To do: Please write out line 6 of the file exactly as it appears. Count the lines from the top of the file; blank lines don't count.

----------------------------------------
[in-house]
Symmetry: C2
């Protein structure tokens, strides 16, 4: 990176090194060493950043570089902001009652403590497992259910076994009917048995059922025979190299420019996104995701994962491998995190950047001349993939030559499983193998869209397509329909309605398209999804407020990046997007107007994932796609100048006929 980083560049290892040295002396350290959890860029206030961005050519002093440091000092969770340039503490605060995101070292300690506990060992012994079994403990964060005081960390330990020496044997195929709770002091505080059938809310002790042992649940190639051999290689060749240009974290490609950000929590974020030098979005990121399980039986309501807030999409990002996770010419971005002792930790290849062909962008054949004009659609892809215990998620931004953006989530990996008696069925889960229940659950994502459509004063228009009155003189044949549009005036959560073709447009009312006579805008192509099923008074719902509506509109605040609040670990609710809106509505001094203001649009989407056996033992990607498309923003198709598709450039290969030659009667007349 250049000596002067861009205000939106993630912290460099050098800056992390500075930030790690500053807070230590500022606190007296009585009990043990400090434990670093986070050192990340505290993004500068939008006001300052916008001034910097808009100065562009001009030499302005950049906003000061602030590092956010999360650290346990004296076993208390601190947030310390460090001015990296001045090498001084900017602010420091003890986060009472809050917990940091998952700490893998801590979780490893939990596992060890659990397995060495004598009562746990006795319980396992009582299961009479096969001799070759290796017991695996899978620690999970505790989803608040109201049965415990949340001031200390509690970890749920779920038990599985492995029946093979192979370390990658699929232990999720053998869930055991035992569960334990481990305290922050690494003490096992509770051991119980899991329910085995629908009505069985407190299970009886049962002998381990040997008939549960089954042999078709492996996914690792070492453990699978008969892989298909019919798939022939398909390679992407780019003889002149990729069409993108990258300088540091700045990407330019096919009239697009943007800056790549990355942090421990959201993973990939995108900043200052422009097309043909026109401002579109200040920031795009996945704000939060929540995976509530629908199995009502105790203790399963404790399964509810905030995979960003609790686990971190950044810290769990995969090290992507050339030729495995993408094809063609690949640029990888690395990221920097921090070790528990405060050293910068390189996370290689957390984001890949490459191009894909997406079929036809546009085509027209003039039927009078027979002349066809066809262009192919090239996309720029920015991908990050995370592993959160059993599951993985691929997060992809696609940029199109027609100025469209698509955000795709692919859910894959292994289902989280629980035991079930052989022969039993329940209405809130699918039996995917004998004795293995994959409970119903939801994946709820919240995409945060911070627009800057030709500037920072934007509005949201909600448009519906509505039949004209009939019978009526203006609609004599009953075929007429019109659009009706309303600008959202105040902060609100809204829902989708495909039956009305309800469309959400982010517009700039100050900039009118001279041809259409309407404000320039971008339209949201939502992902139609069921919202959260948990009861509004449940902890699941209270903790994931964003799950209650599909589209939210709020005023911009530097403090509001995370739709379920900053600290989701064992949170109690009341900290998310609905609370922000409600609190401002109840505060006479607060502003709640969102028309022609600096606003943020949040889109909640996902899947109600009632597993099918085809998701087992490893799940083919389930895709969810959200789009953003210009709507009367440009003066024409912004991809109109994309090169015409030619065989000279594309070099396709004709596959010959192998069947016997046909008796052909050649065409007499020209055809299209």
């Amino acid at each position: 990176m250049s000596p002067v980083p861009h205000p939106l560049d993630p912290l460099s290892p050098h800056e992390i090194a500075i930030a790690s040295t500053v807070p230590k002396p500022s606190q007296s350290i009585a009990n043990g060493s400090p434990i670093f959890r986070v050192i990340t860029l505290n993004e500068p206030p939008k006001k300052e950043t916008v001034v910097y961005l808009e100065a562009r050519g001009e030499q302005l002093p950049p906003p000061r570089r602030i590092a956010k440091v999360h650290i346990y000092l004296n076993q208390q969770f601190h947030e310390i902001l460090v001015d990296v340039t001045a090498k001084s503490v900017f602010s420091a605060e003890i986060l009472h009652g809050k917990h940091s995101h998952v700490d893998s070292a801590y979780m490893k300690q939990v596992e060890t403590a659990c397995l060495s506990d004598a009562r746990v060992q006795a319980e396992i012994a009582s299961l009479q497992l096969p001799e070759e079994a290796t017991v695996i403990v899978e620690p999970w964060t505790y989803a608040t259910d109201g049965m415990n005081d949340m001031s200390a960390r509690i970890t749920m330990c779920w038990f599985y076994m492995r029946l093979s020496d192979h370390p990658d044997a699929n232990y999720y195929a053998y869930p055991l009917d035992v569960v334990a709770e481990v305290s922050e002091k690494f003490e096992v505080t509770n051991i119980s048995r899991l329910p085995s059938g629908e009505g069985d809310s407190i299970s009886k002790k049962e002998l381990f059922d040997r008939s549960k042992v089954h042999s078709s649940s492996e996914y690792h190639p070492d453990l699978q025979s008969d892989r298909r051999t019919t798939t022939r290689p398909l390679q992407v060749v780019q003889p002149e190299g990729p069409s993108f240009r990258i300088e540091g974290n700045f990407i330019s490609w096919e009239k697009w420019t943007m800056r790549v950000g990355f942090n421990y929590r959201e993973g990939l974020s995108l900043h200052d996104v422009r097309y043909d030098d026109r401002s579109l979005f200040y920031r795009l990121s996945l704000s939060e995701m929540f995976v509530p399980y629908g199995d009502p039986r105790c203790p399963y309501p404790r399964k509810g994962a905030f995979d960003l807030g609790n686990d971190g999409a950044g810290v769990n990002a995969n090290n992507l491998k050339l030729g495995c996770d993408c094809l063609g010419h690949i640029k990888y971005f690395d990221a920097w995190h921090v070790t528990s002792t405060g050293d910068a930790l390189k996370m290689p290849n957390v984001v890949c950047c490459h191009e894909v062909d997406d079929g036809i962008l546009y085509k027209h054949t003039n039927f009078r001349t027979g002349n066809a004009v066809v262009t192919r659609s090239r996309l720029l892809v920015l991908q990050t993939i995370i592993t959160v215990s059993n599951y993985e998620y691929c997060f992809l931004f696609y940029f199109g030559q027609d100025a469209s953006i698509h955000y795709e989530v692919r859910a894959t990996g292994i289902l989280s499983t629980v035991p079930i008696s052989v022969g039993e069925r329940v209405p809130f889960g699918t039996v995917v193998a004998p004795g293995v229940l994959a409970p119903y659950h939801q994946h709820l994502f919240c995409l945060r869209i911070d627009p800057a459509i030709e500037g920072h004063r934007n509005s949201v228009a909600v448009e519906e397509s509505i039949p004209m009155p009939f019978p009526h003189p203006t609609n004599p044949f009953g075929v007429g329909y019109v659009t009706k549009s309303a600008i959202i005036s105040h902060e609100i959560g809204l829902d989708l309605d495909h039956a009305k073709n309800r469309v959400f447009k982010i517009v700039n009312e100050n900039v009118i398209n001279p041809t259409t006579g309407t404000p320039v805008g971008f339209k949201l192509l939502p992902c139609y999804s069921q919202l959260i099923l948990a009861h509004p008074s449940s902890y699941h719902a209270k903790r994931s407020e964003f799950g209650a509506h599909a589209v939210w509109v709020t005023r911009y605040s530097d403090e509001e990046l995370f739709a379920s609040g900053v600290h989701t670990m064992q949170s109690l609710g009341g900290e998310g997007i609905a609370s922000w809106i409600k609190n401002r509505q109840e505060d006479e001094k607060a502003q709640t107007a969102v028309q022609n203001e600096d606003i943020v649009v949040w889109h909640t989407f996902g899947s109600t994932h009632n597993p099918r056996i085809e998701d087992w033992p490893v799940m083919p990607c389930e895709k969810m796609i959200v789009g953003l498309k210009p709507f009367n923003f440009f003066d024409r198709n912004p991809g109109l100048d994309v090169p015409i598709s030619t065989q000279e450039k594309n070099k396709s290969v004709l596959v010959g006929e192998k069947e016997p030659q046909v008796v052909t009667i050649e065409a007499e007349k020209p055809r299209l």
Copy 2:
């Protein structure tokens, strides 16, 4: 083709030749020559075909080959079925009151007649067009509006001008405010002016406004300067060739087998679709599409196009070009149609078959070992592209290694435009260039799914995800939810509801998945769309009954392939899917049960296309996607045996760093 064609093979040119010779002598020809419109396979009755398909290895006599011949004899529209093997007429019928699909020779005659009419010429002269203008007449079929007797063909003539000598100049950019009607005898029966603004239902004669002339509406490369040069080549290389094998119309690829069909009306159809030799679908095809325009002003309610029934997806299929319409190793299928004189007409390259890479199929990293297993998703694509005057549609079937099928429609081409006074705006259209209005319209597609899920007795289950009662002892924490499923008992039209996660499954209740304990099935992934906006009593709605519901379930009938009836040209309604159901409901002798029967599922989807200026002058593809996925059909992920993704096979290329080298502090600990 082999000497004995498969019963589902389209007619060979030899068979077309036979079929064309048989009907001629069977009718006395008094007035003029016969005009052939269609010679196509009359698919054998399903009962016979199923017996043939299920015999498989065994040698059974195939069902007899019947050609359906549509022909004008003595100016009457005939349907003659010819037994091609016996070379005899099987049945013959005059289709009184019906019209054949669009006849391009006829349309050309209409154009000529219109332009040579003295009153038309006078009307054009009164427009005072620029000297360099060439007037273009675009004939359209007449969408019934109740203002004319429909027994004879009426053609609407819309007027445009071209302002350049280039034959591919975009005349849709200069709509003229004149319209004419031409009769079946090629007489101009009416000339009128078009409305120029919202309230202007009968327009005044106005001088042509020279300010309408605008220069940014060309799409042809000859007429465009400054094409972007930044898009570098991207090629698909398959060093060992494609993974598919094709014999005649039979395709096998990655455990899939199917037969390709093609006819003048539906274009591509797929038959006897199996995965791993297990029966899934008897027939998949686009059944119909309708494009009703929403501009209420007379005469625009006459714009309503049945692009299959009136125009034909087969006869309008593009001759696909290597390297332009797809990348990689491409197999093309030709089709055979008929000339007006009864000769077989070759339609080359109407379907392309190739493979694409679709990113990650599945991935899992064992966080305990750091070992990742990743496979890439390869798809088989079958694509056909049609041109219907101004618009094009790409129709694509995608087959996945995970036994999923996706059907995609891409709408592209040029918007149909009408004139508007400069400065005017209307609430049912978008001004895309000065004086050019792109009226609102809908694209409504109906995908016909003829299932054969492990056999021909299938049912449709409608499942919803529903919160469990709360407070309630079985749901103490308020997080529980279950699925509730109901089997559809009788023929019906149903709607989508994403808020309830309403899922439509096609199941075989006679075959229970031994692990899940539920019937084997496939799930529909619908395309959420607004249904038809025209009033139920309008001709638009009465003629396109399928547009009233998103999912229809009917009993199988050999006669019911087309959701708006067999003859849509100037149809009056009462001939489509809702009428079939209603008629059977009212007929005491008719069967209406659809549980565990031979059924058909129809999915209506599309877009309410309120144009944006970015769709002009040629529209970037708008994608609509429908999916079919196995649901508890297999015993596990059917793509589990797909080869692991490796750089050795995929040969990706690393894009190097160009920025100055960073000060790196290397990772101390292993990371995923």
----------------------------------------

């Protein structure tokens, strides 16, 4: 083709030749020559075909080959079925009151007649067009509006001008405010002016406004300067060739087998679709599409196009070009149609078959070992592209290694435009260039799914995800939810509801998945769309009954392939899917049960296309996607045996760093 064609093979040119010779002598020809419109396979009755398909290895006599011949004899529209093997007429019928699909020779005659009419010429002269203008007449079929007797063909003539000598100049950019009607005898029966603004239902004669002339509406490369040069080549290389094998119309690829069909009306159809030799679908095809325009002003309610029934997806299929319409190793299928004189007409390259890479199929990293297993998703694509005057549609079937099928429609081409006074705006259209209005319209597609899920007795289950009662002892924490499923008992039209996660499954209740304990099935992934906006009593709605519901379930009938009836040209309604159901409901002798029967599922989807200026002058593809996925059909992920993704096979290329080298502090600990 082999000497004995498969019963589902389209007619060979030899068979077309036979079929064309048989009907001629069977009718006395008094007035003029016969005009052939269609010679196509009359698919054998399903009962016979199923017996043939299920015999498989065994040698059974195939069902007899019947050609359906549509022909004008003595100016009457005939349907003659010819037994091609016996070379005899099987049945013959005059289709009184019906019209054949669009006849391009006829349309050309209409154009000529219109332009040579003295009153038309006078009307054009009164427009005072620029000297360099060439007037273009675009004939359209007449969408019934109740203002004319429909027994004879009426053609609407819309007027445009071209302002350049280039034959591919975009005349849709200069709509003229004149319209004419031409009769079946090629007489101009009416000339009128078009409305120029919202309230202007009968327009005044106005001088042509020279300010309408605008220069940014060309799409042809000859007429465009400054094409972007930044898009570098991207090629698909398959060093060992494609993974598919094709014999005649039979395709096998990655455990899939199917037969390709093609006819003048539906274009591509797929038959006897199996995965791993297990029966899934008897027939998949686009059944119909309708494009009703929403501009209420007379005469625009006459714009309503049945692009299959009136125009034909087969006869309008593009001759696909290597390297332009797809990348990689491409197999093309030709089709055979008929000339007006009864000769077989070759339609080359109407379907392309190739493979694409679709990113990650599945991935899992064992966080305990750091070992990742990743496979890439390869798809088989079958694509056909049609041109219907101004618009094009790409129709694509995608087959996945995970036994999923996706059907995609891409709408592209040029918007149909009408004139508007400069400065005017209307609430049912978008001004895309000065004086050019792109009226609102809908694209409504109906995908016909003829299932054969492990056999021909299938049912449709409608499942919803529903919160469990709360407070309630079985749901103490308020997080529980279950699925509730109901089997559809009788023929019906149903709607989508994403808020309830309403899922439509096609199941075989006679075959229970031994692990899940539920019937084997496939799930529909619908395309959420607004249904038809025209009033139920309008001709638009009465003629396109399928547009009233998103999912229809009917009993199988050999006669019911087309959701708006067999003859849509100037149809009056009462001939489509809702009428079939209603008629059977009212007929005491008719069967209406659809549980565990031979059924058909129809999915209506599309877009309410309120144009944006970015769709002009040629529209970037708008994608609509429908999916079919196995649901508890297999015993596990059917793509589990797909080869692991490796750089050795995929040969990706690393894009190097160009920025100055960073000060790196290397990772101390292993990371995923």